Boeing Frontiers
March 2003
Volume 01, Issue 10
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Tech Talk

RS-84 forging a new direction


An artist's rendering of the RS-84A new reusable propulsion system is taking shape as a candidate for the next-generation rocket engine.

Designated the RS-84, the power plant is under development at Canoga Park, Calif.-based Rocketdyne Propulsion and Power, a business unit of Boeing Integrated Defense Systems' Launch and Satellite Systems.

"The biggest thing about the RS-84 is that it represents a true second-generation reusable engine," explained Program Manager John Vilja. "We can benefit directly from what we've done in the past in propulsion systems, while also taking advantage of emerging technologies to shape this as an engine for the future. NASA recognized that there was a need for this all along and has been working toward this for awhile."

The RS-84 will yield more than one million pounds of thrust and a specific impulse of 335 seconds in vacuum. It's on the drawing board as part of NASA's recently re-baselined Space Launch Initiative to identify and develop new technologies for advanced space flight.

Space Launch Initiative underwent a restructuring late last year as part of NASA's overarching blueprint called the Integrated Space Transportation Plan. The RS-84 now falls under the Next Generation Launch Technology program, which looks far into the future of space flight by investing in key technology areas such as airframe structures and propulsion.

The RS-84 is revolutionary in the United States, in that its propulsion relies on gaseous oxygen to drive the engine's turbo pumps (see "RS-84 explained" below).

The engine design also takes advantage of an Advanced Health Monitoring System, which monitors how well the engine is operating as it runs and can provide maintenance data before the vehicle lands.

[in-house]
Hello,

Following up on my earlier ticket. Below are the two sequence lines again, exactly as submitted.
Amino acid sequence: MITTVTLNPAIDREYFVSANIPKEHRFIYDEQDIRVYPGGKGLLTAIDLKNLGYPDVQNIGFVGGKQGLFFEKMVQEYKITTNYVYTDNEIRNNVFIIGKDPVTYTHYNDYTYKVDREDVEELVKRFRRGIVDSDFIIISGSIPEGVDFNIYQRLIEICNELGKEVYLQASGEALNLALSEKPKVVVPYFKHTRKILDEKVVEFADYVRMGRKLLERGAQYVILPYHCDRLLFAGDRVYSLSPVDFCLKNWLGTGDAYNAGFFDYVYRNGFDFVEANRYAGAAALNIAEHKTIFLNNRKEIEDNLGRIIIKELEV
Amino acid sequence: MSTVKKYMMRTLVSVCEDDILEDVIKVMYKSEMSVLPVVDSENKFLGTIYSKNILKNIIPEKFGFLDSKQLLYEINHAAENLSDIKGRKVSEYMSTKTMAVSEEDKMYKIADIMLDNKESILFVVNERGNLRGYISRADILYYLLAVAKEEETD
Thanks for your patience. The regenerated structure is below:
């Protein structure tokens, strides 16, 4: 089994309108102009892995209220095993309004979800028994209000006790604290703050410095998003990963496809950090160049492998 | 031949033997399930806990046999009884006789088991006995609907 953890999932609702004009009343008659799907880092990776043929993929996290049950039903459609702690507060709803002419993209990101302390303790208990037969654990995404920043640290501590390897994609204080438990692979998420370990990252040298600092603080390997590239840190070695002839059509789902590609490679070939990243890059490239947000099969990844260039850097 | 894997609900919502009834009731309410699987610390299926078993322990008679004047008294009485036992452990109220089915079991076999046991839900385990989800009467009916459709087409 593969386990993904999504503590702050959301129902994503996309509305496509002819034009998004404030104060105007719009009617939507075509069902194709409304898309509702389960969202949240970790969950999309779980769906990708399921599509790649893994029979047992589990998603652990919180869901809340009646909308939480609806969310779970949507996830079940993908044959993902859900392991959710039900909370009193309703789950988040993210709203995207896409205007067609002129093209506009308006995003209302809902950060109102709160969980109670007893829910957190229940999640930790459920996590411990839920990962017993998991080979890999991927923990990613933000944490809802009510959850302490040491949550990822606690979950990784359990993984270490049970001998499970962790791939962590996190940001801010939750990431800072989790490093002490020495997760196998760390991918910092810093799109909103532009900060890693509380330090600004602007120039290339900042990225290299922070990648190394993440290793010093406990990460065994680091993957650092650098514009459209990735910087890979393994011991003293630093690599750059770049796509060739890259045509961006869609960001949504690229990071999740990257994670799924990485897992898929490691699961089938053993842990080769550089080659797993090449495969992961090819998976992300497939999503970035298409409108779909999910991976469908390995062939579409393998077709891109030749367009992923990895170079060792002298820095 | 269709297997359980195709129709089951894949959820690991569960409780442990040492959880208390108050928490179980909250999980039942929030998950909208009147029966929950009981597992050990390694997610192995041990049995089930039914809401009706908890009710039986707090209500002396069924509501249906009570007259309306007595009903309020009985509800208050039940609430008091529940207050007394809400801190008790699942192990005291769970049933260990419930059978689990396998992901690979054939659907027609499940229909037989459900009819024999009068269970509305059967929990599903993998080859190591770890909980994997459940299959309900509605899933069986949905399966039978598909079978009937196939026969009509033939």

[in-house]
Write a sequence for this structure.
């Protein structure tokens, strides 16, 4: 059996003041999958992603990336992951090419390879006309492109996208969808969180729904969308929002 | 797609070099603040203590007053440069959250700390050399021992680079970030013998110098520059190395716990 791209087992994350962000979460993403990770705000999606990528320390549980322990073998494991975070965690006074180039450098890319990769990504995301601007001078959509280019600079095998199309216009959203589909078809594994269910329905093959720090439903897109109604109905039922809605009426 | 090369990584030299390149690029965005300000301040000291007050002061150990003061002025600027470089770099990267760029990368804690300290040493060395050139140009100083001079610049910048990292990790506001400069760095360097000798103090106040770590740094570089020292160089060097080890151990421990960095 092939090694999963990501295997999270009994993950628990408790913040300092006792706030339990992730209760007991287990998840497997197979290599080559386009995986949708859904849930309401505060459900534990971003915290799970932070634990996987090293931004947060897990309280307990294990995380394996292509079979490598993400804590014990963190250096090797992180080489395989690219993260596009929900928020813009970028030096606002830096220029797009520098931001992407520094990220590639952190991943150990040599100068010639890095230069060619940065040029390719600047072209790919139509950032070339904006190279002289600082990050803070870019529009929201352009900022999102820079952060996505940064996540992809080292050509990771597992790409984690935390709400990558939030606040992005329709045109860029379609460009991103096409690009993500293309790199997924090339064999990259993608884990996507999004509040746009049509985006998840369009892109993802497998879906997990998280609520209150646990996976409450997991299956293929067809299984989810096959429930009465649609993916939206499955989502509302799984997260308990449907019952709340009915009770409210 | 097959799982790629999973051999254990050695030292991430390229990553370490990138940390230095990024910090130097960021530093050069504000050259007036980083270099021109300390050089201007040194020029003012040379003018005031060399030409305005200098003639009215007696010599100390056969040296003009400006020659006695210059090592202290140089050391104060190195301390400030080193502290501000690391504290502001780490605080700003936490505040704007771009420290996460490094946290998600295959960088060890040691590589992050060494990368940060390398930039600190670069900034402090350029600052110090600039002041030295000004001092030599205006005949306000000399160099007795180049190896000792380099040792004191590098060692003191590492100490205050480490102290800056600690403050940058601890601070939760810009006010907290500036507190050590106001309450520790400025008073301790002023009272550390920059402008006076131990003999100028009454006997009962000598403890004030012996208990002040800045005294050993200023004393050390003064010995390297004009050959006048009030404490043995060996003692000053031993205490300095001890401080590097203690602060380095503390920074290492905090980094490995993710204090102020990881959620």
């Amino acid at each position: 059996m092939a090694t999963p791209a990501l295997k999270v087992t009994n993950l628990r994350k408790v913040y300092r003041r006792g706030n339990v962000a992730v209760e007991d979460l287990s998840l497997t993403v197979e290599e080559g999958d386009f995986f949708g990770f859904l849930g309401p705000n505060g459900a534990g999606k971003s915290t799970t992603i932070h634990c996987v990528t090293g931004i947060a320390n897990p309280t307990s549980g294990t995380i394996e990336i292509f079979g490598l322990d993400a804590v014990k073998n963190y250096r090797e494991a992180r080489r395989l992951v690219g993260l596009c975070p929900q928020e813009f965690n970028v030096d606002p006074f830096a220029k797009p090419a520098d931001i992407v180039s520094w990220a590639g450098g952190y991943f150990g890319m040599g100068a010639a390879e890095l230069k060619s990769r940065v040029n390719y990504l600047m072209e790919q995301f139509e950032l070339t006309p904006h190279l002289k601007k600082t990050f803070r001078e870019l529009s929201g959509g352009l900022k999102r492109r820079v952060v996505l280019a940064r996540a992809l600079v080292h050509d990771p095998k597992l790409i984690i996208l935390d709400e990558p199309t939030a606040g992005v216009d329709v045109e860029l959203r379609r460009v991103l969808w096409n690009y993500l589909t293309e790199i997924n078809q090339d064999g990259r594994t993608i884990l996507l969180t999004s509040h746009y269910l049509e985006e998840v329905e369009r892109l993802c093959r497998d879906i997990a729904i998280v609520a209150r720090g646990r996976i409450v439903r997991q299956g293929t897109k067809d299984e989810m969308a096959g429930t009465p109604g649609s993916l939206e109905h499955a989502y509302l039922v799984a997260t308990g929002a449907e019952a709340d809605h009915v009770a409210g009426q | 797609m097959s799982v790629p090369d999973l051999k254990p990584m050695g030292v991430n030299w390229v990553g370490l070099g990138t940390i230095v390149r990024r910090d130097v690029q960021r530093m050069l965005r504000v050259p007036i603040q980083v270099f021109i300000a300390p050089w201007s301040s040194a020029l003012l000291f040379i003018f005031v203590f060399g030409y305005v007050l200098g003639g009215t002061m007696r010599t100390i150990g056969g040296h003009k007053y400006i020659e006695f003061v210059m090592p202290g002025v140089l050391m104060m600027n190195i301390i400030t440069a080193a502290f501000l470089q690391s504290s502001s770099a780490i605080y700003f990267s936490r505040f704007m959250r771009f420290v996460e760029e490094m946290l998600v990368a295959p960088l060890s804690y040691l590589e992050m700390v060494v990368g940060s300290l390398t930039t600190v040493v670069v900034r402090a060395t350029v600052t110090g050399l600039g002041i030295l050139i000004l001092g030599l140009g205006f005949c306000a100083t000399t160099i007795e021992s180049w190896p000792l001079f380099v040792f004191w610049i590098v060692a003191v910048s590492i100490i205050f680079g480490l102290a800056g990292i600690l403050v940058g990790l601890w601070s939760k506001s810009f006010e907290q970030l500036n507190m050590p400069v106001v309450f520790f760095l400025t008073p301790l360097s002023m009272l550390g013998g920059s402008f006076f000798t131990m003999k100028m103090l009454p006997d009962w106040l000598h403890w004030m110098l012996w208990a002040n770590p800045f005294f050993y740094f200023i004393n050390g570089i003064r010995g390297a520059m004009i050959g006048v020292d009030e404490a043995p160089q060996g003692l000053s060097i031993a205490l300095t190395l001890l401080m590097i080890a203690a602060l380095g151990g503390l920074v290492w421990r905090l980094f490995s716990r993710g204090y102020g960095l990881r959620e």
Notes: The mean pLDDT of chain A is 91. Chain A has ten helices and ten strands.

"Computing technology has made huge leaps and bounds that allow us to incorporate these capabilities," Vilja said.

Finally, Rocketdyne is tapping into the huge wealth of experience that it has accumulated over the years from its work on other hydrocarbon-fueled engines such as the Delta RS-27 and Atlas MA-5A series, more recent efforts including the X-33 Aerospike, RS-68 and Integrated Powerhead Demonstration power plants, as well as the only other reusable rocket engine ever built, the Space Shuttle Main Engine.

Component testing on the RS-84 is under way and subscale testing will follow this summer at NASA's Stennis Space Center in Mississippi, where Boeing is the testing contractor. Major milestones for the RS-84 included a System Definition Review in February, which is like a status check of the overall concept with the NASA customer. The Preliminary Design Review follows in June, and at this juncture NASA will determine whether to proceed with the detailed design phase.

"We're aiming for a high degree of reliability and a low degree of cost with this new engine," Vilja said.

RS-84 explained

The RS-84 represents a new direction in propulsion for the United States, in that it uses gaseous oxygen—which also functions as the combustion oxidizer—to drive the engine's twin turbo pumps rather than kerosene (a hydrocarbon fuel) or liquid hydrogen, as is the case with other engines Rocketdyne has developed over the years. This creates what engineers call a gaseous oxidizer-rich environment.

Some Russian engines have traditionally operated as gaseous oxygen-rich, but the RS-84's reusability is just one of several significant differences between it and the Russian engines. The Russians have traditionally relied on coatings to protect metals from the harsh oxidizer-rich gases the combustion process generates.

Boeing is using newly developed proprietary metals that are immune to this demanding environment and don't require a coating.

Rocketdyne also elected to go with a single pre-burner, two turbo-pump configuration rather than the single pump, which is the Russian precedent.

"The result was pumps that were lighter, smaller and easier to handle," Program Manager John Vilja explained.


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